When And How To Flush Your Cannabis Plants

Flushing is so important to cannabis cultivation. Some problems can be corrected with a flush, and a pre-harvest flush will unlock all the flavour of the flowers. This is your essential guide to flushing cannabis.

Flushing Cannabis


Flushing is simply the process of drenching the growing medium with pure water or flushing solution. Whether you grow organic, hydroponic or somewhere in-between, you will need to flush your cannabis plants. The purpose of flushing is to get the plant to absorb the remaining nutrients in the soil and/or leach-off excess nutrients.

Of course, this depends on when and why you are flushing in the first place. Later, we will break this down. Typically, aside from the final pre-harvest flush, most cannabis cultivators will only flush when plants are showing signs of nutrient lockout or over-fertilisation.


How To Flush Cannabis Plants

No special tools or techniques are required to flush cannabis plants. Instead of feeding plants nutrient solution, the grower simply feeds pure water or a light flushing solution. If you water by hand, then you can flush by hand. Similarly, if you use an automatic watering system, you can fill her up with pure water or flushing solution instead of the usual cocktail of nutes.

The most important factor is to thoroughly drench the medium. A good rule of thumb is to apply double the normal feed volume of water. Just make sure you don’t leave the plant’s roots sitting in a puddle of runoff water afterwards.

When To Flush?

When To Flush?

The three situations where it’s appropriate to flush your cannabis plants are as follows:


Some growers like to give their cannabis plants a flush as they progress through their lifecycle. This is most common when making the switch from vegetative growth to the bloom phase. As the plant's nutrient needs change, it’s no harm to flush in order to prevent a build-up of nutes from the previous stage. This kind of flushing is not essential, but is recommended for a smoother transition.


If your marijuana is looking unhealthy and displaying the warning signs of nutrient lockout, it’s time to flush. Yellowing leaves, stunted growth, and overall lack of vigour are telltale signs of some kind of nutrient lockout. To remedy the situation, it’s always best to start with a flush before tinkering and adjusting nutrient doses. Flush, monitor behaviour, then start tweaking the fertiliser ratios.

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Learn How, When And Why To Feed Your Cannabis Plants Nutrients


Even if you feed your cannabis plants very light doses of organic nutrients, you still need to perform a pre-harvest flush. Those who believe organic nutes don’t taint the finished product with a fertiliser flavour are sorely mistaken. All fertilisers effect flavour, albeit to varying degrees. Nutrients will accumulate in the medium over time one way or another.

At the very least, most growers will apply high doses of bloom boosters to increase yield. Whatever feed goes in during the cannabis lifecycle must be rinsed out before you give plants the chop. If you feed marijuana high doses of nutrients and supplements, then you must flush them out thoroughly before harvesting.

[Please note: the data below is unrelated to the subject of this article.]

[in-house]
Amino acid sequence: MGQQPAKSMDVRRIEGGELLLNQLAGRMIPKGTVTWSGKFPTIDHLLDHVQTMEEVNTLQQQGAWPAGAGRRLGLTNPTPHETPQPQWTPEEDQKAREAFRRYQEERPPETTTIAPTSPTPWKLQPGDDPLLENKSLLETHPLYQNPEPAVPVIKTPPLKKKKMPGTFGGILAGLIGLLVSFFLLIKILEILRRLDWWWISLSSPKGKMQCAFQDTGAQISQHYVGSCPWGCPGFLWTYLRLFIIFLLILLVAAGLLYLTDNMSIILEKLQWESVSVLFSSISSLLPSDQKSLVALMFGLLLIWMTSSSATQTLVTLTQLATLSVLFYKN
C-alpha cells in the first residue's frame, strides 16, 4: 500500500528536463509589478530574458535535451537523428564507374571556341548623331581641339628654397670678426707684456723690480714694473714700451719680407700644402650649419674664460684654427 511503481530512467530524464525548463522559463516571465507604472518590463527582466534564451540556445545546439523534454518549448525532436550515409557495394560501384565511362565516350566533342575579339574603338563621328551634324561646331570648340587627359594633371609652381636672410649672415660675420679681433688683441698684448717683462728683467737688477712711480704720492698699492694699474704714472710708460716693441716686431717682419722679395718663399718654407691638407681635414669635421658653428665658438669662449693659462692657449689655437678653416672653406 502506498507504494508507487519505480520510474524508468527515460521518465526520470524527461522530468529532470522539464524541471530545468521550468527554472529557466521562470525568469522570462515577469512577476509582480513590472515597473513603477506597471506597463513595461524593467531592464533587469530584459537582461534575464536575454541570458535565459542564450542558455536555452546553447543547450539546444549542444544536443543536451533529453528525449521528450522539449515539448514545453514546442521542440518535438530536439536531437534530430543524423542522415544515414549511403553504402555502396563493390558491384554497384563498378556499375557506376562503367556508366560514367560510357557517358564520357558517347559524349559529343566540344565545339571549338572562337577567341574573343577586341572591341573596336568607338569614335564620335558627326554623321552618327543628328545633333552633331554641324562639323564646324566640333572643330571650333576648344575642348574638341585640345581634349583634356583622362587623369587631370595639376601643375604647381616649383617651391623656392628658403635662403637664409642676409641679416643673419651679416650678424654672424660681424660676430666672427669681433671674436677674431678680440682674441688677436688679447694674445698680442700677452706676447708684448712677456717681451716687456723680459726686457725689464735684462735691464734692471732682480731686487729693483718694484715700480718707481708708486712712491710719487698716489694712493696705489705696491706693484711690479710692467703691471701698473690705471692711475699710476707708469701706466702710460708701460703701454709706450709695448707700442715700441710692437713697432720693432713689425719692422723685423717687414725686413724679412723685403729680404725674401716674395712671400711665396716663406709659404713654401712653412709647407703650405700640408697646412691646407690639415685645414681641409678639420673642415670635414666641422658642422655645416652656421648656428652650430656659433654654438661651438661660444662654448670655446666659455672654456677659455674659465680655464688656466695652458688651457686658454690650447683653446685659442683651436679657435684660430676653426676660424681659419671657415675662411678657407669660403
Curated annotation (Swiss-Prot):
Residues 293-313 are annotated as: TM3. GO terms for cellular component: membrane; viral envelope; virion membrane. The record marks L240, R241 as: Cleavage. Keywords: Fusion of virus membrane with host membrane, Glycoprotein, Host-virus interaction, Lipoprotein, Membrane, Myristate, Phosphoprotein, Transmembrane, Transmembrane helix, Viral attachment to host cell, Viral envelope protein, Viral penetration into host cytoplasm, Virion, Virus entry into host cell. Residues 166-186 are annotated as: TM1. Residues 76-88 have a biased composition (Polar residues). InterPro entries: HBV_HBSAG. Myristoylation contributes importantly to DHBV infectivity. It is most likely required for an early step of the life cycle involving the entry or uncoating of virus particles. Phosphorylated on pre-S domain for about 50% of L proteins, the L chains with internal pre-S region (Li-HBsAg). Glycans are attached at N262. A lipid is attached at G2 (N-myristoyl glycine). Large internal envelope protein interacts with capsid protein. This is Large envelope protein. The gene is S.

If you are using an organic soil that has been pre-fertilised specifically for cannabis plants, you probably should only flush prior to harvest. Regularly flushing this kind of medium will wash out all the time-released nutrients that enrich the soil. Flooding your super-soil with water defeats the purpose of using it to begin with.


The Importance Of The Final Flush

The pre-harvest flush or final flush is the last step of the grow cycle. Soil growers need to allow two weeks before harvest day to flush, while coco and hydro growers can cut this down to just one week. Flowers must be inspected to ensure they are ripe and ready. Flush too soon and you will have cleansed an immature bud stash. Flush with too little water or not frequently enough and nutrient salts won’t wash out.

Soil growers need to use water with a pH value of 6.0, while 5.8 is best for coco and hydroponics. Should the pH be too high or too low, the flush won’t work. Watering needs to be dialled-in to suit the medium.

Use an EC meter to accurately gauge the progressive reduction in ppm from the runoff post-flushing. Alternatively, eyeball inspect the runoff for discolouration. Ideally, the water should run clear and contain little total dissolved solids (TDS).


Flushing By Hand Vs Flushing A System

Flushing by hand is simple and effective. That’s fine for the organic home grower with a handful of plants. However, hydroponics relies mostly on automatic watering systems. Nonetheless, the same principles apply. The reservoir is typically filled with a light flushing solution that runs through just like a nutrient solution.

Chemical fertilisers are responsible for the common hydro bud’s lack of flavour. Pure water just doesn’t cut it the way it does with an organic soil grow. Double-down on watering with flushing solution for 5-7 days to unlock full flavour from those fat hydro buds. Don’t forget to check the runoff to make sure you are flushing out all the residual nutes.

Steven Voser
Steven Voser
Steven Voser is an independent cannabis journalist with over 6 years of experience writing about all things weed; how to grow it, how best to enjoy it, and the booming industry and murky legal landscape surrounding it.